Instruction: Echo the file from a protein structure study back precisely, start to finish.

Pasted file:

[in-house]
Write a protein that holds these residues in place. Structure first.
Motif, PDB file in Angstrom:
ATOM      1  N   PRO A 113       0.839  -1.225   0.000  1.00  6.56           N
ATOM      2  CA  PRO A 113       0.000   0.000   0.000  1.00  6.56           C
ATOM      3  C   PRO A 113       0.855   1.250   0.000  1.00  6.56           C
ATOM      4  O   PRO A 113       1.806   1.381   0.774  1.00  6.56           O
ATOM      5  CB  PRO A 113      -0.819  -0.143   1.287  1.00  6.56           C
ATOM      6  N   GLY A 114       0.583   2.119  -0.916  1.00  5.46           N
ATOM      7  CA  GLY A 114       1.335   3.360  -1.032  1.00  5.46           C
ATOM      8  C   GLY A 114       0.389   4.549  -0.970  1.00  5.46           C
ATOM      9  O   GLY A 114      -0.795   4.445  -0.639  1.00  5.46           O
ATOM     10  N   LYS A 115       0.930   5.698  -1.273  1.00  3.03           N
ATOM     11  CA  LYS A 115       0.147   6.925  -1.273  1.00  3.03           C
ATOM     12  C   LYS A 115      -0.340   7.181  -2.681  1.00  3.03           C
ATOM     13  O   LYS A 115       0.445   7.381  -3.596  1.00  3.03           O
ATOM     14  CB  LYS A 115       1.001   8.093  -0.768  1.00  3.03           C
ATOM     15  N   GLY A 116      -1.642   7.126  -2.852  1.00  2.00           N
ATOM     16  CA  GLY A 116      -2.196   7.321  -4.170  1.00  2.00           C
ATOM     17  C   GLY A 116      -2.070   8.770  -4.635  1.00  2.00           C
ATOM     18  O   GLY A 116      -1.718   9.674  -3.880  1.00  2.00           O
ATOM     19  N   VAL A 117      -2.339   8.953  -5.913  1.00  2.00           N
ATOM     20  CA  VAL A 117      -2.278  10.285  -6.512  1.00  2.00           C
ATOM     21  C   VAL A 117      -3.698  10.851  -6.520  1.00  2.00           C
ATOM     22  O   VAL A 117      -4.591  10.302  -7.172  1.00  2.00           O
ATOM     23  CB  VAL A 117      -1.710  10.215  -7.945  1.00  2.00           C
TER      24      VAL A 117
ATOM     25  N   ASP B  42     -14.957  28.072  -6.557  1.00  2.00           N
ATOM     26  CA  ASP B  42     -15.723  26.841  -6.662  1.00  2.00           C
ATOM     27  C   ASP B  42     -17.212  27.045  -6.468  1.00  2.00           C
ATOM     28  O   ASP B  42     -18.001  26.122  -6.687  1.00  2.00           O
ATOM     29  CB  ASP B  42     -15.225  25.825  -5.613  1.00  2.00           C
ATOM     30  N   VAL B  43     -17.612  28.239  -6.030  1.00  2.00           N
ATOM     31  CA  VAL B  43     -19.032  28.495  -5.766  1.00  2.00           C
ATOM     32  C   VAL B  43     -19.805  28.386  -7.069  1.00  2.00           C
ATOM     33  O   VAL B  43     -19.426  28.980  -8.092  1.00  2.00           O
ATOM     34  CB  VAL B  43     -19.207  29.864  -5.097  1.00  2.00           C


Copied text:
[in-house]
Write a protein that holds these residues in place. Structure first.
Motif, PDB file in Angstrom:
ATOM      1  N   PRO A 113       0.839  -1.225   0.000  1.00  6.56           N
ATOM      2  CA  PRO A 113       0.000   0.000   0.000  1.00  6.56           C
ATOM      3  C   PRO A 113       0.855   1.250   0.000  1.00  6.56           C
ATOM      4  O   PRO A 113       1.806   1.381   0.774  1.00  6.56           O
ATOM      5  CB  PRO A 113      -0.819  -0.143   1.287  1.00  6.56           C
ATOM      6  N   GLY A 114       0.583   2.119  -0.916  1.00  5.46           N
ATOM      7  CA  GLY A 114       1.335   3.360  -1.032  1.00  5.46           C
ATOM      8  C   GLY A 114       0.389   4.549  -0.970  1.00  5.46           C
ATOM      9  O   GLY A 114      -0.795   4.445  -0.639  1.00  5.46           O
ATOM     10  N   LYS A 115       0.930   5.698  -1.273  1.00  3.03           N
ATOM     11  CA  LYS A 115       0.147   6.925  -1.273  1.00  3.03           C
ATOM     12  C   LYS A 115      -0.340   7.181  -2.681  1.00  3.03           C
ATOM     13  O   LYS A 115       0.445   7.381  -3.596  1.00  3.03           O
ATOM     14  CB  LYS A 115       1.001   8.093  -0.768  1.00  3.03           C
ATOM     15  N   GLY A 116      -1.642   7.126  -2.852  1.00  2.00           N
ATOM     16  CA  GLY A 116      -2.196   7.321  -4.170  1.00  2.00           C
ATOM     17  C   GLY A 116      -2.070   8.770  -4.635  1.00  2.00           C
ATOM     18  O   GLY A 116      -1.718   9.674  -3.880  1.00  2.00           O
ATOM     19  N   VAL A 117      -2.339   8.953  -5.913  1.00  2.00           N
ATOM     20  CA  VAL A 117      -2.278  10.285  -6.512  1.00  2.00           C
ATOM     21  C   VAL A 117      -3.698  10.851  -6.520  1.00  2.00           C
ATOM     22  O   VAL A 117      -4.591  10.302  -7.172  1.00  2.00           O
ATOM     23  CB  VAL A 117      -1.710  10.215  -7.945  1.00  2.00           C
TER      24      VAL A 117
ATOM     25  N   ASP B  42     -14.957  28.072  -6.557  1.00  2.00           N
ATOM     26  CA  ASP B  42     -15.723  26.841  -6.662  1.00  2.00           C
ATOM     27  C   ASP B  42     -17.212  27.045  -6.468  1.00  2.00           C
ATOM     28  O   ASP B  42     -18.001  26.122  -6.687  1.00  2.00           O
ATOM     29  CB  ASP B  42     -15.225  25.825  -5.613  1.00  2.00           C
ATOM     30  N   VAL B  43     -17.612  28.239  -6.030  1.00  2.00           N
ATOM     31  CA  VAL B  43     -19.032  28.495  -5.766  1.00  2.00           C
ATOM     32  C   VAL B  43     -19.805  28.386  -7.069  1.00  2.00           C
ATOM     33  O   VAL B  43     -19.426  28.980  -8.092  1.00  2.00           O
ATOM     34  CB  VAL B  43     -19.207  29.864  -5.097  1.00  2.00           C